Another commonly reported problem was the stress and anxiety directly related to flexible work requests and its associated issues. One teacher said “The stress of a move to a new unsupportive school following maternity leave all lead to anxiety, panic attacks and depression and I had to leave the job for the sake of my mental health” and another simply commented “Thinking about returning to teaching makes my stomach lurch”.

It is also clear that whilst some school leaders are still shackled to the culture of presenteeism, the fear of ‘opening the flood gates’ or the idea that flexible working is not in the best interests of their pupils, these school leaders also fail to realise the potential benefits of embracing flexible working.

There are plenty of examples of increased productivity when businesses in other sectors have introduced flexible practices and, in terms of teaching, research has shown that teachers working flexibly demonstrate an enhanced loyalty to their school, they work more efficiently and are ultimately happier. There is no need to fear the flood gates opening because a good teacher is a good teacher regardless of whether they are full or part time, parent or non-parent. And if the flood gates don’t open, there might very well not be anyone left behind them.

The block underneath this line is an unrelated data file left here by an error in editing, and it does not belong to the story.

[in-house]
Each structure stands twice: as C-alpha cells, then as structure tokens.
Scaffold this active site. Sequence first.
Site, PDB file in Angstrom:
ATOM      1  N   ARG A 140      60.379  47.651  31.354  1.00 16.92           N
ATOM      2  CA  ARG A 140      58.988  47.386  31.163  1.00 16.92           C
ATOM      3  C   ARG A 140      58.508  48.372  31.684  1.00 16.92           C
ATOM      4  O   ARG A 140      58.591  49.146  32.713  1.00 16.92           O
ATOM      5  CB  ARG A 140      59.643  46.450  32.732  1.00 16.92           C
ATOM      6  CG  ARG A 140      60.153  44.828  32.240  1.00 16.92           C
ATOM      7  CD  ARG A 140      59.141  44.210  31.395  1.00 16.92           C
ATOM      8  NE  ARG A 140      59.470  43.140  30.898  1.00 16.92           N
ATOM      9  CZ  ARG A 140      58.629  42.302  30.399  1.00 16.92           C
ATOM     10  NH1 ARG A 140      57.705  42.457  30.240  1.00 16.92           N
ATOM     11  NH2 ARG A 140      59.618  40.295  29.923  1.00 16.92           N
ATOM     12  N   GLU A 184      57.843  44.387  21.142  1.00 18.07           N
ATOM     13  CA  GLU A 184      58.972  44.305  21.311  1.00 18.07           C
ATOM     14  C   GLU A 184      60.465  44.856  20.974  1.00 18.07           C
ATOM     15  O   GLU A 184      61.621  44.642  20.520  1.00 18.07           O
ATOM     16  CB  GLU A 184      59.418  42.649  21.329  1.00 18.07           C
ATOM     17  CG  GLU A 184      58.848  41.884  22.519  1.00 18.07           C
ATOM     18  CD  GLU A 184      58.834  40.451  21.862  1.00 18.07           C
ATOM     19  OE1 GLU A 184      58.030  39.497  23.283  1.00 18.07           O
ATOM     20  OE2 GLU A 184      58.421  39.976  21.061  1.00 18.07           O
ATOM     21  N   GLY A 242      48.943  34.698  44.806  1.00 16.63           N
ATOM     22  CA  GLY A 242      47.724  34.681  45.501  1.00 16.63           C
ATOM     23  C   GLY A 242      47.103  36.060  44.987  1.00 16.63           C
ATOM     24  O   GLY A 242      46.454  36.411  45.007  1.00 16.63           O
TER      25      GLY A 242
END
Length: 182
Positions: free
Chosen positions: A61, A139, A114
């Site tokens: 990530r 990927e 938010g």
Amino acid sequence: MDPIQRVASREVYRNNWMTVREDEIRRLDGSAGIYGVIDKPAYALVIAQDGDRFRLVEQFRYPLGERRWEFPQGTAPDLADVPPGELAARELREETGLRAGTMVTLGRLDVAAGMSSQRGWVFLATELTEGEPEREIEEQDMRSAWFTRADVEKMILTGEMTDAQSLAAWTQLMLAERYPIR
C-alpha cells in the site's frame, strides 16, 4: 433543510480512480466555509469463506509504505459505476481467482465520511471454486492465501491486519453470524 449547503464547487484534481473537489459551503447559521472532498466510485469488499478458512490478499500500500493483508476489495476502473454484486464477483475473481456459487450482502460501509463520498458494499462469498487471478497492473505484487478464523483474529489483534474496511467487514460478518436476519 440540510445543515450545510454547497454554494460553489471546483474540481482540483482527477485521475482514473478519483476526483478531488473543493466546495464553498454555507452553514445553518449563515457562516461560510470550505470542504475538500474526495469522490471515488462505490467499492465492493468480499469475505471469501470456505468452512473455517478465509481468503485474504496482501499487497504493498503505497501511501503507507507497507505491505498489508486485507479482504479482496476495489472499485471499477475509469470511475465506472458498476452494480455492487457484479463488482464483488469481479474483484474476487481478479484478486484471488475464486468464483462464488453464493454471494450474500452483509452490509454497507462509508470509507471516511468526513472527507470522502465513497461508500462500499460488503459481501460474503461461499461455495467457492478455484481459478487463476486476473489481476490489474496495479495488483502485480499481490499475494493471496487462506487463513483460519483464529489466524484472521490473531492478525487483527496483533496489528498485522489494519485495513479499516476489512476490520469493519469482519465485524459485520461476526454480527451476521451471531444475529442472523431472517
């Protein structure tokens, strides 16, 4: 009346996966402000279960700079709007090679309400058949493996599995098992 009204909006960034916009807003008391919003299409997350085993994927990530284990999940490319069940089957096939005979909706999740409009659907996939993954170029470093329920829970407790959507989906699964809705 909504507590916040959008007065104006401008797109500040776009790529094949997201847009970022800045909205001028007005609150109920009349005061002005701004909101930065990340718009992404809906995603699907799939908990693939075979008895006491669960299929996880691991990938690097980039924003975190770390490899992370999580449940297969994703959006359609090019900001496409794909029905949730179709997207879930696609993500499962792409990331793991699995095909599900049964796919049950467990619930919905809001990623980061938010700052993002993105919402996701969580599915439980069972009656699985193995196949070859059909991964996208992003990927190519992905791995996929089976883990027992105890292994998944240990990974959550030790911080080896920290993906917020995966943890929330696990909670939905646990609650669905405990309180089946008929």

The picture is not all bleak though. The government, in response to a burgeoning recruitment and retention crisis in the profession, has recognized the need to address the seriousness of issues and, in 2017, at a summit on flexible working the DFE released official guidelines for schools. The message is taking a little time to filter through but there are many schools working hard to embed flexible working into their employment practice and evidence of a shift in mindset is starting to become more and more discernible.

The other good news, too, is that on Thursday 28 February, Pregnant Then Screwed will be running an event for teachers wanting to share, find out more or ask for advice about flexible working. So if you want to find out the different types of flexible working available and how it could work for you and your school, how you go about requesting a flexible role and what you need to know before you do, find out how it’s working for other schools, need some practical or legal advice or you simply want to join in with the conversation, then join us on Facebook, Instagram and Twitter. A panel of experts will be on hand to answer your questions, offer advice, listen to your experiences and, ultimately, keep this important conversation going.

Michelle Thomason has taught in the sixth form sector for over 18 years. She has previously worked flexibly as a Curriculum Area Leader but now teaches part time whilst studying for a doctorate in education. She is also a campaigner for flexible working, written blogs for education publications and, last year, spoke at the inaugural New Voices conference to teachers and school leaders about the importance of flexible working.